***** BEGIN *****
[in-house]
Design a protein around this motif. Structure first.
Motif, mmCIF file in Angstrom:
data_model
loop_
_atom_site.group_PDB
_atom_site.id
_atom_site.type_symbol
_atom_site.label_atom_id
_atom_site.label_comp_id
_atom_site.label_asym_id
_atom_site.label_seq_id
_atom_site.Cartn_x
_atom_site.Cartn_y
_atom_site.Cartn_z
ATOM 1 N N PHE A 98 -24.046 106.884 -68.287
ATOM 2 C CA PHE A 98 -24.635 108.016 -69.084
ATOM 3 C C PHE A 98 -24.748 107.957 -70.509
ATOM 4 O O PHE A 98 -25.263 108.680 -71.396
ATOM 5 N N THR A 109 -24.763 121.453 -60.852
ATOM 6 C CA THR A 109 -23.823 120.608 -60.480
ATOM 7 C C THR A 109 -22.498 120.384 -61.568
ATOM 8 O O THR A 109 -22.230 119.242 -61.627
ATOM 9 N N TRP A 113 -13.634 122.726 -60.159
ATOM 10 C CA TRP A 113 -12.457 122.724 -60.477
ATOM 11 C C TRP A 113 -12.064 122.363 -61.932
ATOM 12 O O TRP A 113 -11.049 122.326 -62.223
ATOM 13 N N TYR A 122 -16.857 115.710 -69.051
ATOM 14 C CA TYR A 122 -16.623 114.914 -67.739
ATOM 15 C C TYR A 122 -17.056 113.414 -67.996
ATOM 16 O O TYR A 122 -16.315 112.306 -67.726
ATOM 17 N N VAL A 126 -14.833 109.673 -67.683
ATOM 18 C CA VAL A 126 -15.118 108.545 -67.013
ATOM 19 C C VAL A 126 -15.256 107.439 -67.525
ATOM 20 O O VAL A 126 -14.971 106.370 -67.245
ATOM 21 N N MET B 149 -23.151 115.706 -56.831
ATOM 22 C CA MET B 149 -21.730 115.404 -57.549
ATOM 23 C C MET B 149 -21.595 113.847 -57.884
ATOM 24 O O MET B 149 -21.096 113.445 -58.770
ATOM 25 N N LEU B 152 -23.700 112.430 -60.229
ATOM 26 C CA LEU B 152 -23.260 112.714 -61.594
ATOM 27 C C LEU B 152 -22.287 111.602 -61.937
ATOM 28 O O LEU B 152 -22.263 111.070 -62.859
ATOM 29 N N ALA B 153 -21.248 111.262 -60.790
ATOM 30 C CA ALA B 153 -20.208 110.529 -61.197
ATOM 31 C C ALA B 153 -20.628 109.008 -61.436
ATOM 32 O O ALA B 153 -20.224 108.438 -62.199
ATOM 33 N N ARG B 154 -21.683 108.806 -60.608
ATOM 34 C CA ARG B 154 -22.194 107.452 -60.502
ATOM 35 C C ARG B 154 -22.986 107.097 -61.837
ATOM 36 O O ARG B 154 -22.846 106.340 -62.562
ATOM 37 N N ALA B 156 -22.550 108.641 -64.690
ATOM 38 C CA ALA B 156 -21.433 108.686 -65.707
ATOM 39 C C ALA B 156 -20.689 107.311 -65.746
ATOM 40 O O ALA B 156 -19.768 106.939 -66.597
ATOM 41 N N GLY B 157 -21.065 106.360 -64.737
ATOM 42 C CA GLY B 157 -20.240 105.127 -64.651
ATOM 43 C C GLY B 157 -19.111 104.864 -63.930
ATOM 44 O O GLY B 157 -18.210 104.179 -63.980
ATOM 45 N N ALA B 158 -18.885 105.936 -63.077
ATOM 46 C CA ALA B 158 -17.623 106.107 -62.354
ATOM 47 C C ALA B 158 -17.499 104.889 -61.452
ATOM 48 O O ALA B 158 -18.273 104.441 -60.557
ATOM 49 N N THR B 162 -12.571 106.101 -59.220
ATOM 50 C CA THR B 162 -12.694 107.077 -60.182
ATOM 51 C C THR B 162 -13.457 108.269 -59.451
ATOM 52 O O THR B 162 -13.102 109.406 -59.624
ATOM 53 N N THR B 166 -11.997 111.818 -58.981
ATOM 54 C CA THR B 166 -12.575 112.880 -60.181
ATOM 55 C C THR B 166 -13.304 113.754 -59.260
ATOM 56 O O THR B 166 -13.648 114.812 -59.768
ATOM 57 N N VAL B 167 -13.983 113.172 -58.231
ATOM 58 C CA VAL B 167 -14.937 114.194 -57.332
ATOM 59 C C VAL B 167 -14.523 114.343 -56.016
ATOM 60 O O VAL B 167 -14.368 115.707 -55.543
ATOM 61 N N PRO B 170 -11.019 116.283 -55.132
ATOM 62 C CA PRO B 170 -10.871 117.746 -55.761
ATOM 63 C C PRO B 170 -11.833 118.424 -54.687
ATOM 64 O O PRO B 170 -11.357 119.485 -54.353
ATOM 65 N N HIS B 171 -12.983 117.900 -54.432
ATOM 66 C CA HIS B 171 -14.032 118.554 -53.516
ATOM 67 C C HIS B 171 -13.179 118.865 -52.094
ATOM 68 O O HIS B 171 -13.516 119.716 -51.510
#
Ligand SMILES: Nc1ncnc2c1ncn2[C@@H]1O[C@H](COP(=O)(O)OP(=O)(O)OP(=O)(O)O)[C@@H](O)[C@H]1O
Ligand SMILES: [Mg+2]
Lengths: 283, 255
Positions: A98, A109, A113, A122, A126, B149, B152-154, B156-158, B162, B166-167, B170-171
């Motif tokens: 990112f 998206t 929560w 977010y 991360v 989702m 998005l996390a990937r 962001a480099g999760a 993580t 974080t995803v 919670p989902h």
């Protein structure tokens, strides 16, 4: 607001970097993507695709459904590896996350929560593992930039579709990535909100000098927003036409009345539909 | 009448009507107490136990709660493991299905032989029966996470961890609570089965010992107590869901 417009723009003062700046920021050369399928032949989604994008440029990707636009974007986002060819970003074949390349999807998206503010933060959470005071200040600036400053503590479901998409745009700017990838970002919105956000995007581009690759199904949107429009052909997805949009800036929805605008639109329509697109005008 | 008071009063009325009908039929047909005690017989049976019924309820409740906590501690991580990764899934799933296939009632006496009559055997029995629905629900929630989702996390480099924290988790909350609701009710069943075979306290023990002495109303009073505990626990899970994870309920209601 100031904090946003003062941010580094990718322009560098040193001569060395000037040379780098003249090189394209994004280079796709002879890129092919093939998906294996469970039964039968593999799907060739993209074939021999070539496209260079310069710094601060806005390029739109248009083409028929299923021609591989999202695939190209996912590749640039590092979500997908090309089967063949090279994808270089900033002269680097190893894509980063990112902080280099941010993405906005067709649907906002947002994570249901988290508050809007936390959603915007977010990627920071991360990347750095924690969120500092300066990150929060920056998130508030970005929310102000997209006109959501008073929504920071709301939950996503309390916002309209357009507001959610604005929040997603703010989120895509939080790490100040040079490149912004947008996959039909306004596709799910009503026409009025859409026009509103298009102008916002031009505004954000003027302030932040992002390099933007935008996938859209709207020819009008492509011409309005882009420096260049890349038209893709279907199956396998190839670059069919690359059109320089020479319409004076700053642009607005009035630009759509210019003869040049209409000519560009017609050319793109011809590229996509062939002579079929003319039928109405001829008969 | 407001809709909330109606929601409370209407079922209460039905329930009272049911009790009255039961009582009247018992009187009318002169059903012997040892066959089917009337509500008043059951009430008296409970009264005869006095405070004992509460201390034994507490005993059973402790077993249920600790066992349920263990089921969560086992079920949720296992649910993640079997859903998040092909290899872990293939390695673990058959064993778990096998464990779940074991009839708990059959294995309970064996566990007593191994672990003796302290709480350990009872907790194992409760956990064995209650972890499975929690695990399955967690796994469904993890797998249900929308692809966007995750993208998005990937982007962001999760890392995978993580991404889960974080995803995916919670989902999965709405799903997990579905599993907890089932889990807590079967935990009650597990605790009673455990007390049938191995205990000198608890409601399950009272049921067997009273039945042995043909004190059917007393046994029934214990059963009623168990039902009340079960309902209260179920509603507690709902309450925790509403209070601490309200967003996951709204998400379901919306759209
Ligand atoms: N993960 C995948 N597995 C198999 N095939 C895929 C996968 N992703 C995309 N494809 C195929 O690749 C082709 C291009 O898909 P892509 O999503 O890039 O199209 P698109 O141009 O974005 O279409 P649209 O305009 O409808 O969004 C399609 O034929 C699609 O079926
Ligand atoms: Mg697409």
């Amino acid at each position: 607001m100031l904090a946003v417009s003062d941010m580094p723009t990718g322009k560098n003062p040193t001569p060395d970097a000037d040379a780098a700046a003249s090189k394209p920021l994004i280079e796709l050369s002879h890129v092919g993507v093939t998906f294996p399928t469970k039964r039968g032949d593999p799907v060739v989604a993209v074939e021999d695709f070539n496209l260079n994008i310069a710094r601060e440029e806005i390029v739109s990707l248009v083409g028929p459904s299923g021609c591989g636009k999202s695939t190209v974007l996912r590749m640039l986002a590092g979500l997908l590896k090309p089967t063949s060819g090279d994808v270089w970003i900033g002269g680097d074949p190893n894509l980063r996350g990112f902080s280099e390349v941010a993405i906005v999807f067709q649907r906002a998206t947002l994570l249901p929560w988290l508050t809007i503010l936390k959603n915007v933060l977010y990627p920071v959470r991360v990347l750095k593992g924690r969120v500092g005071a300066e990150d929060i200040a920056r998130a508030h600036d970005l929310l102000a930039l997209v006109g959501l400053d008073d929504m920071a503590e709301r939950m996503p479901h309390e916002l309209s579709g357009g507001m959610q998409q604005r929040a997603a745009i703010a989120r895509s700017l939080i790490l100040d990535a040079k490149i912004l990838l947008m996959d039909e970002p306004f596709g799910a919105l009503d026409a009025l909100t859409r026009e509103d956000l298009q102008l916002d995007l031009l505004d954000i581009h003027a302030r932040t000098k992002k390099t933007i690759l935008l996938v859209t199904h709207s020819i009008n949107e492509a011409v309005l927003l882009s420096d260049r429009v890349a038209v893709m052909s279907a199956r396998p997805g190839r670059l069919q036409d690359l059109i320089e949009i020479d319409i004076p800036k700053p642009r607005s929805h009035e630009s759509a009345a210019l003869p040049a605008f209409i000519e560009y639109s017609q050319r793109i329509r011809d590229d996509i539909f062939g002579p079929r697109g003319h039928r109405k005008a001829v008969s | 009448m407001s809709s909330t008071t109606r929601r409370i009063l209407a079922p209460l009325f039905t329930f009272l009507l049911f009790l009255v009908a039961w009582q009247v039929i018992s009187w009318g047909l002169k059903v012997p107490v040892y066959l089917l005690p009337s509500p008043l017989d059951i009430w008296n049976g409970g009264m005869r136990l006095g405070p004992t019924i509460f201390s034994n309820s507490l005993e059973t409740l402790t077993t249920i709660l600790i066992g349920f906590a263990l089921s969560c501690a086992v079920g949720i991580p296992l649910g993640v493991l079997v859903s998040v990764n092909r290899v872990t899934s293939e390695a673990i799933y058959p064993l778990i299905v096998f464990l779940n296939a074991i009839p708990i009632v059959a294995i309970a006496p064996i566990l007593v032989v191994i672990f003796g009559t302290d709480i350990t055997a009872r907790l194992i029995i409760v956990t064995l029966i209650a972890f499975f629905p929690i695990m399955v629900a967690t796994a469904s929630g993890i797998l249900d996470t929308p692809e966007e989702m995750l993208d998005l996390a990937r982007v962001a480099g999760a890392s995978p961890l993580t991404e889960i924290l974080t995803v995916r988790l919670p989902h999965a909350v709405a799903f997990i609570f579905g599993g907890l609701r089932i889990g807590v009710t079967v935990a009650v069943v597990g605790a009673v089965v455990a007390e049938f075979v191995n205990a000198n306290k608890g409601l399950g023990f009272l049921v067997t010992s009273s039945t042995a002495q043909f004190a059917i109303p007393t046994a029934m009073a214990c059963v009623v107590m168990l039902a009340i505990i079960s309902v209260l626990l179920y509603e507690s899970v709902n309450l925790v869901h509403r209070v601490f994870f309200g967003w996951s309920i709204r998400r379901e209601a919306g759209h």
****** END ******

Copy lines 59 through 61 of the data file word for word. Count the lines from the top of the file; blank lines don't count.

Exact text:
ATOM 44 O O GLY B 157 -18.210 104.179 -63.980
ATOM 45 N N ALA B 158 -18.885 105.936 -63.077
ATOM 46 C CA ALA B 158 -17.623 106.107 -62.354